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2007: the best wine harvest ever in Pompeii
October 19th, 2007

The annual wine harvest in Pompeii has been declared 'the best ever' by the producers.
"This could be our best wine crop in our seven years here," said Pietro Mastroberardino, whose
company planted the ancient tipple starting in the 2000 and bottled the first recreation of ancient roman wine in 2001.
"The volume could be a bit down but the quality shows every sign of being better than ever," he said.
In addition to the first vineyard a new on is next to be started at the ruined city's sun-drenched House of the Fountain and the wine will be ready "in a couple of years max", Mastroberardino said.
The wine is obtained from a must aged for 18 to 24 months in wooden barrels before yielding a "mellow, fruity red."
The past productions, thanks to limited-edition auctions of earlier vintages, raised enough money to restore Pompeii's ancient wine cellars next to the recreated vineyards, and after 2003 the production has found a wider market.

The ruby-red, full-bodied wine has been named after one of the buried city's most famous attractions, Villa dei Misteri (Villa of Mysteries) and it has obtained recognition from America's prestigious Food and Wine magazine.
Top sommeliers have described the Pompeiian wine as having a "complex, full-bodied, intense, and long-lasting" bouquet, "with spicy after-notes." The taste has been billed as "involving, balanced, and of considerable breadth and range." The wine packs a hefty 13.5% alcohol content and should be served at around 18 degrees Centigrade.
Villa dei Misteri is "the closest we can get to what was drunk in Pompeii's dining rooms and sold in its bars," according to Pompeii's superintendent, Pietro Giovanni Guzzo. More than 19 centuries after the volcanic eruption, a team of scholars combined their knowledge of history and viticulture to produce crops of Piedirosso and Sciascinoso grapes, both ancient varieties.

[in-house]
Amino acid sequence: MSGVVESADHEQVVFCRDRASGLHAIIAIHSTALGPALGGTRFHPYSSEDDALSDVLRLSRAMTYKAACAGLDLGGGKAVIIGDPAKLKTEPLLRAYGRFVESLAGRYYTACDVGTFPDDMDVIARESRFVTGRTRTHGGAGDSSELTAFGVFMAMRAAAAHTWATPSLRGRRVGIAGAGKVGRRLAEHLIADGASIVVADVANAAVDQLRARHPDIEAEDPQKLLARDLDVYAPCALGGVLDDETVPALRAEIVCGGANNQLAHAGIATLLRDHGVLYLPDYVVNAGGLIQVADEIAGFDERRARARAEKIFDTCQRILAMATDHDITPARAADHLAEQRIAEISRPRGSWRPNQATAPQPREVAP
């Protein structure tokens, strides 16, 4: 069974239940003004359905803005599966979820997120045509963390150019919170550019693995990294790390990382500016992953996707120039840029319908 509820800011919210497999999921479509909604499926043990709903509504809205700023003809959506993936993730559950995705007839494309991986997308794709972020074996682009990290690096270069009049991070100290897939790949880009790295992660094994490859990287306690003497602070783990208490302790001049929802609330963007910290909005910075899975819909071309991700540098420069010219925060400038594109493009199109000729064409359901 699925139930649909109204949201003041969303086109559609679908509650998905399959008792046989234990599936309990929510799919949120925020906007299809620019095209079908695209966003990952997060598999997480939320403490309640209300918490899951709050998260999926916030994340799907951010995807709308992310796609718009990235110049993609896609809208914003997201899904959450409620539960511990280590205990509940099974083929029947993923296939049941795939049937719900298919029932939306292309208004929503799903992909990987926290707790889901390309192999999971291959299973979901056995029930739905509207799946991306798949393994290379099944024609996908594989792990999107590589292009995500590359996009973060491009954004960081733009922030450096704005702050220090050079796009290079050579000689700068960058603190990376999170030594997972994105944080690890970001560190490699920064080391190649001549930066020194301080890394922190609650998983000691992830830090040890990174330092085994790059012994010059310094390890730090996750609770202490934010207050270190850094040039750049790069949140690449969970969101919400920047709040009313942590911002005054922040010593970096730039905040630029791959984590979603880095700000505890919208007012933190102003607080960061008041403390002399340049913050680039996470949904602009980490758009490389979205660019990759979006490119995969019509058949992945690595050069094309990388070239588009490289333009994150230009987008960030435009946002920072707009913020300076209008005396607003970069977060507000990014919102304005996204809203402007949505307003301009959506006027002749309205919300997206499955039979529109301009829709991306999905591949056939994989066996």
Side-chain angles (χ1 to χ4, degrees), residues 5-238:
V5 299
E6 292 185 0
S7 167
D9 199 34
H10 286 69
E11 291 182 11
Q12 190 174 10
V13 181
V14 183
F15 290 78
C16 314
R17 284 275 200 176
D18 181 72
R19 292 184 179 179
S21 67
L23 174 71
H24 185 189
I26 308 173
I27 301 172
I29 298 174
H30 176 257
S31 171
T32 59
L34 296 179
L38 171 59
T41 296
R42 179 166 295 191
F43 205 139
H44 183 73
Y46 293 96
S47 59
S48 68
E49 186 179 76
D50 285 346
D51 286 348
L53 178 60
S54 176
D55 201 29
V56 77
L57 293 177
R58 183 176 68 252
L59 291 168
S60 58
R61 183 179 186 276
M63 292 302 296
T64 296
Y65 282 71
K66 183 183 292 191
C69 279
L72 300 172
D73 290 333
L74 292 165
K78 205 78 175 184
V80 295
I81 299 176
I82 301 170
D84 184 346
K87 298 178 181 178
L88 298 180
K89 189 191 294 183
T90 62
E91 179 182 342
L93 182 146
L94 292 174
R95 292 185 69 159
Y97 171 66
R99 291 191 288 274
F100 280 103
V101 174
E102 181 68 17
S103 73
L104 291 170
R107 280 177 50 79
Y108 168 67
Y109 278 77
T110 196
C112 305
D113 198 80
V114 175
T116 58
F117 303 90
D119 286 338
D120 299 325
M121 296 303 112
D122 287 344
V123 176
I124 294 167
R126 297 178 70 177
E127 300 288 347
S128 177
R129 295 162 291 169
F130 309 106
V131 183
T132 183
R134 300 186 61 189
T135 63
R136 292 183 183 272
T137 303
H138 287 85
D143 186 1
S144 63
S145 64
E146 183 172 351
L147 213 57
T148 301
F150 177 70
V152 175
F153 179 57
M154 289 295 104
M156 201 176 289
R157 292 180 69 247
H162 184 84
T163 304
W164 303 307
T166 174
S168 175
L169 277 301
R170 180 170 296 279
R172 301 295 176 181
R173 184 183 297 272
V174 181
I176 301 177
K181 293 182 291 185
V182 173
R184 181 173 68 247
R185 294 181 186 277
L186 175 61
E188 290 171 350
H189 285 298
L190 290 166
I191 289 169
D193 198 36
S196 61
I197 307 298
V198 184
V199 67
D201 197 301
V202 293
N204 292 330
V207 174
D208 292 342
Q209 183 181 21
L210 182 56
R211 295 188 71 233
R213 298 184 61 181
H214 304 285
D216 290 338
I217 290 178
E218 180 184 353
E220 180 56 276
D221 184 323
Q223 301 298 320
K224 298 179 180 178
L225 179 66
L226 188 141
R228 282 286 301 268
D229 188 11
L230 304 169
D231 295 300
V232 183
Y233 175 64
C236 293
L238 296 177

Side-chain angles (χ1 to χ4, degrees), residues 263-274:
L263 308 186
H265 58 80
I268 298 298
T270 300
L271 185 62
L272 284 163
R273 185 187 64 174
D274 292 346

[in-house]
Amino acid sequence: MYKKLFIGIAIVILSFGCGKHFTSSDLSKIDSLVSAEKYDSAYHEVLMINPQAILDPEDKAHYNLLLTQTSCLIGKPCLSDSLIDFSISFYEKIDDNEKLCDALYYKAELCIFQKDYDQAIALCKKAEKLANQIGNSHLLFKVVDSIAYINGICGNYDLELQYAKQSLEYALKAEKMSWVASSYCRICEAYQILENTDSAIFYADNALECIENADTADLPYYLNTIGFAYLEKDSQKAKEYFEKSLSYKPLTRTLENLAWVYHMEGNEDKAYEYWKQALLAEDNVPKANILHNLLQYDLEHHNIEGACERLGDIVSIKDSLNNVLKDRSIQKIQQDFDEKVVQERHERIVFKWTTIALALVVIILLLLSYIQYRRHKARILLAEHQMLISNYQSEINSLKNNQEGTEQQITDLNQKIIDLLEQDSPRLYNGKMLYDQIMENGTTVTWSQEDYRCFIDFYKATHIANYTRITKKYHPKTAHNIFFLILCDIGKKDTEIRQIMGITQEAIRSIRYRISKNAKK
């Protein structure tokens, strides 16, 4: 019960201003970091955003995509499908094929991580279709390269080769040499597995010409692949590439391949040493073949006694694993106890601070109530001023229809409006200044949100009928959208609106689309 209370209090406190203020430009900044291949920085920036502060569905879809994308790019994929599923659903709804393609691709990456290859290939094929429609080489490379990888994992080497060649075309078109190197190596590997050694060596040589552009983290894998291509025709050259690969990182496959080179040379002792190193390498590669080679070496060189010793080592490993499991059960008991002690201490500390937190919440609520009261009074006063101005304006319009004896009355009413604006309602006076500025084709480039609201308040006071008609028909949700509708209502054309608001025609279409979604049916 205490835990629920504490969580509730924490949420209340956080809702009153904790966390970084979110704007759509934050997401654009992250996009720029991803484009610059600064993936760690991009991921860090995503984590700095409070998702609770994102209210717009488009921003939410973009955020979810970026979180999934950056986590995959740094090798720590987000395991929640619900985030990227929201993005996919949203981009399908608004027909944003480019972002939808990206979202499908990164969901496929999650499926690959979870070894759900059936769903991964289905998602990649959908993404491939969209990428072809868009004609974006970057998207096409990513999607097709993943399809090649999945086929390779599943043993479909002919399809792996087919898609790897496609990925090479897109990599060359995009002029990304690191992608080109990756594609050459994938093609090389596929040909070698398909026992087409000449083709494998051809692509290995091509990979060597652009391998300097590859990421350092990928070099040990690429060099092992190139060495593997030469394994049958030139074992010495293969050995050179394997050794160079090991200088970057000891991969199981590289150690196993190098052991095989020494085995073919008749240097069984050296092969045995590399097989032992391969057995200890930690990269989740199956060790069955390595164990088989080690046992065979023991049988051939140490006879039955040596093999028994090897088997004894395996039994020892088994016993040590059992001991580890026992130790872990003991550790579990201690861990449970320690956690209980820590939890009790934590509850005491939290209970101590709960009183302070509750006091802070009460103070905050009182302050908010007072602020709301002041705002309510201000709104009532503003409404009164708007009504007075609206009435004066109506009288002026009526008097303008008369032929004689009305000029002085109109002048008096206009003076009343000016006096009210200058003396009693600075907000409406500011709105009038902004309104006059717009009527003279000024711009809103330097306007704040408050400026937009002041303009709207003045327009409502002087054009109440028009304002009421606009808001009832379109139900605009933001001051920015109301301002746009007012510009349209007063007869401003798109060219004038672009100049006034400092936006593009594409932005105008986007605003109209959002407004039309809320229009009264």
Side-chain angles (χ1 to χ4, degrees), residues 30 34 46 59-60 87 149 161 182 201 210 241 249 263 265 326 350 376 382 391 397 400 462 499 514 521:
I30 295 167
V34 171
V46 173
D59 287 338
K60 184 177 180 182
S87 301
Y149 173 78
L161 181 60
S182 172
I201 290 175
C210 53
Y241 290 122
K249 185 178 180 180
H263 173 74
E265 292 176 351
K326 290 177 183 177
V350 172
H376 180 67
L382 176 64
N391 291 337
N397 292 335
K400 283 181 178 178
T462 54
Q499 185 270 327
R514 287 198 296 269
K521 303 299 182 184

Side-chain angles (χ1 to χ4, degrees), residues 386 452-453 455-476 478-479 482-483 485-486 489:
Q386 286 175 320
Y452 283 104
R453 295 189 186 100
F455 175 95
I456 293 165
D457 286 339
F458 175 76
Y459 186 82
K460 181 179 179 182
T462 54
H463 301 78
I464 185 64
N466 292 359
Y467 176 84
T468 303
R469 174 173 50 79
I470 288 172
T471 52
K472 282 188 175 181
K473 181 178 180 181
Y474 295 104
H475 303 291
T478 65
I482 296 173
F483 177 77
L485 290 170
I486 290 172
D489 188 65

The Piedirosso grapes are related to a similar variety that has produced a fruity red wine for centuries.
The Sciascinoso vine still grows in surrounding patches of the Vesuvian plains but the wine disappeared from production long ago.

Photo Ronald E. Kenat - click to enlarge the image

According to project chief Anna Maria Ciarallo, the earth in Pompeii retained its age-old fertility, yielding a "vital" crop.
The vines are planted each year over one hectare of land near Pompeii's Forum Boarium, in an area used for the same purpose in antiquity.
To determine which plants most closely matched the originals, Ciarallo and others leafed through numerous texts written in the 1st century AD by Pliny the Younger and Lucius Junius Moderatus, a Roman soldier who preferred farming to the military life.
The experts also gleaned information from artistic depictions of grape harvests and bunches of the fruit, which appear in the most famous homes of the city, as well as a reconstruction of an ancient wine press.
The idea was the brainchild of Pietro Mastroberardino's father Antonio, owner of a relatively small wine-making company in the Avellino area near Naples that bears the family name.
The family had been in the winemaking business for 10 generations in the area.
Antonio, now 77, had always wanted to add to the family's heritage and honour the local culture by creating a new wine with ancient roots in the region.
"Writers like Pliny are very precise about viniculture," he said.
In his Historia Naturalis (Natural History), Pliny says: "There is no greater delight in the world than the fragrance of vine in bloom...Where do we start if not from the unrivalled vines of Italy, which outmatch the richness of those in any other country?"

Related news
2001 first harvest in Pompeii


İİ 2000-2007 LMB  -  Last Update: 19-oct-2007